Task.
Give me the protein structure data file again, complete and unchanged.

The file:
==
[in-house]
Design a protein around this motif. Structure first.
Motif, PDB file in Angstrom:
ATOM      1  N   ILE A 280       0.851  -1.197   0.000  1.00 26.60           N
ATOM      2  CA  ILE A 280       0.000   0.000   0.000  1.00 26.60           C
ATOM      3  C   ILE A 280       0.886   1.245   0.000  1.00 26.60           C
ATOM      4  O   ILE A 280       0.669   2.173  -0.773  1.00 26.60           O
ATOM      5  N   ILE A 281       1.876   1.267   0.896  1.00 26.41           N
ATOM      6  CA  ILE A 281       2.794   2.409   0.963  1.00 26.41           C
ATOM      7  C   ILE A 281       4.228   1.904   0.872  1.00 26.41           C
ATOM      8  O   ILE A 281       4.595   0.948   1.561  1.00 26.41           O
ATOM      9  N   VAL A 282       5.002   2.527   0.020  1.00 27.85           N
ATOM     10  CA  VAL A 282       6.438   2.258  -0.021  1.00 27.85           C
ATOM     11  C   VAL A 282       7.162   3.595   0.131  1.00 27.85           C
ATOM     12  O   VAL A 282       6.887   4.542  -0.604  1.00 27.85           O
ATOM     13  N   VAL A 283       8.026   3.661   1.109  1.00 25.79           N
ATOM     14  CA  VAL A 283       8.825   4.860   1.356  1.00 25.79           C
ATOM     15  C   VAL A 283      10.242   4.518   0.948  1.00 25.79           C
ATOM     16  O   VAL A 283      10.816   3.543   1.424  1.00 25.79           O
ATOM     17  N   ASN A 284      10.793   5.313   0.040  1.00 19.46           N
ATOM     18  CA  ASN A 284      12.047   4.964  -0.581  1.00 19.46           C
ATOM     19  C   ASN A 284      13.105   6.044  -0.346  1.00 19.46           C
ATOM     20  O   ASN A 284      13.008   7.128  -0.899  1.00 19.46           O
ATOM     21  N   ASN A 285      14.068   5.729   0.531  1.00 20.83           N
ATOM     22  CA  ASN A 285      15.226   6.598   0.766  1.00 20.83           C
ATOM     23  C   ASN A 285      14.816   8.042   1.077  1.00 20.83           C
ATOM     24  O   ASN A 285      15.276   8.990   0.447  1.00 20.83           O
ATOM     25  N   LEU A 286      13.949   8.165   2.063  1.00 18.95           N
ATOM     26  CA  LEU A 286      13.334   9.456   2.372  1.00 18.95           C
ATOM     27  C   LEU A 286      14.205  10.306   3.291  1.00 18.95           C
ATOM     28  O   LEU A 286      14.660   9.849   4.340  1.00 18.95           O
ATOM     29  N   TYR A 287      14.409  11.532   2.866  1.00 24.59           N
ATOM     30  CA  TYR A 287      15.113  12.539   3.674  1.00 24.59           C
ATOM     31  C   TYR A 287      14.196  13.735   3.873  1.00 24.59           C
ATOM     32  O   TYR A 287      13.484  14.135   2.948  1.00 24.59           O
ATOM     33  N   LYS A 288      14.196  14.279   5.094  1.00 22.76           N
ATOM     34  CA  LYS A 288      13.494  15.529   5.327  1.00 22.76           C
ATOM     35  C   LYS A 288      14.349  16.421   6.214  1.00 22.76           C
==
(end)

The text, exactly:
[in-house]
Design a protein around this motif. Structure first.
Motif, PDB file in Angstrom:
ATOM      1  N   ILE A 280       0.851  -1.197   0.000  1.00 26.60           N
ATOM      2  CA  ILE A 280       0.000   0.000   0.000  1.00 26.60           C
ATOM      3  C   ILE A 280       0.886   1.245   0.000  1.00 26.60           C
ATOM      4  O   ILE A 280       0.669   2.173  -0.773  1.00 26.60           O
ATOM      5  N   ILE A 281       1.876   1.267   0.896  1.00 26.41           N
ATOM      6  CA  ILE A 281       2.794   2.409   0.963  1.00 26.41           C
ATOM      7  C   ILE A 281       4.228   1.904   0.872  1.00 26.41           C
ATOM      8  O   ILE A 281       4.595   0.948   1.561  1.00 26.41           O
ATOM      9  N   VAL A 282       5.002   2.527   0.020  1.00 27.85           N
ATOM     10  CA  VAL A 282       6.438   2.258  -0.021  1.00 27.85           C
ATOM     11  C   VAL A 282       7.162   3.595   0.131  1.00 27.85           C
ATOM     12  O   VAL A 282       6.887   4.542  -0.604  1.00 27.85           O
ATOM     13  N   VAL A 283       8.026   3.661   1.109  1.00 25.79           N
ATOM     14  CA  VAL A 283       8.825   4.860   1.356  1.00 25.79           C
ATOM     15  C   VAL A 283      10.242   4.518   0.948  1.00 25.79           C
ATOM     16  O   VAL A 283      10.816   3.543   1.424  1.00 25.79           O
ATOM     17  N   ASN A 284      10.793   5.313   0.040  1.00 19.46           N
ATOM     18  CA  ASN A 284      12.047   4.964  -0.581  1.00 19.46           C
ATOM     19  C   ASN A 284      13.105   6.044  -0.346  1.00 19.46           C
ATOM     20  O   ASN A 284      13.008   7.128  -0.899  1.00 19.46           O
ATOM     21  N   ASN A 285      14.068   5.729   0.531  1.00 20.83           N
ATOM     22  CA  ASN A 285      15.226   6.598   0.766  1.00 20.83           C
ATOM     23  C   ASN A 285      14.816   8.042   1.077  1.00 20.83           C
ATOM     24  O   ASN A 285      15.276   8.990   0.447  1.00 20.83           O
ATOM     25  N   LEU A 286      13.949   8.165   2.063  1.00 18.95           N
ATOM     26  CA  LEU A 286      13.334   9.456   2.372  1.00 18.95           C
ATOM     27  C   LEU A 286      14.205  10.306   3.291  1.00 18.95           C
ATOM     28  O   LEU A 286      14.660   9.849   4.340  1.00 18.95           O
ATOM     29  N   TYR A 287      14.409  11.532   2.866  1.00 24.59           N
ATOM     30  CA  TYR A 287      15.113  12.539   3.674  1.00 24.59           C
ATOM     31  C   TYR A 287      14.196  13.735   3.873  1.00 24.59           C
ATOM     32  O   TYR A 287      13.484  14.135   2.948  1.00 24.59           O
ATOM     33  N   LYS A 288      14.196  14.279   5.094  1.00 22.76           N
ATOM     34  CA  LYS A 288      13.494  15.529   5.327  1.00 22.76           C
ATOM     35  C   LYS A 288      14.349  16.421   6.214  1.00 22.76           C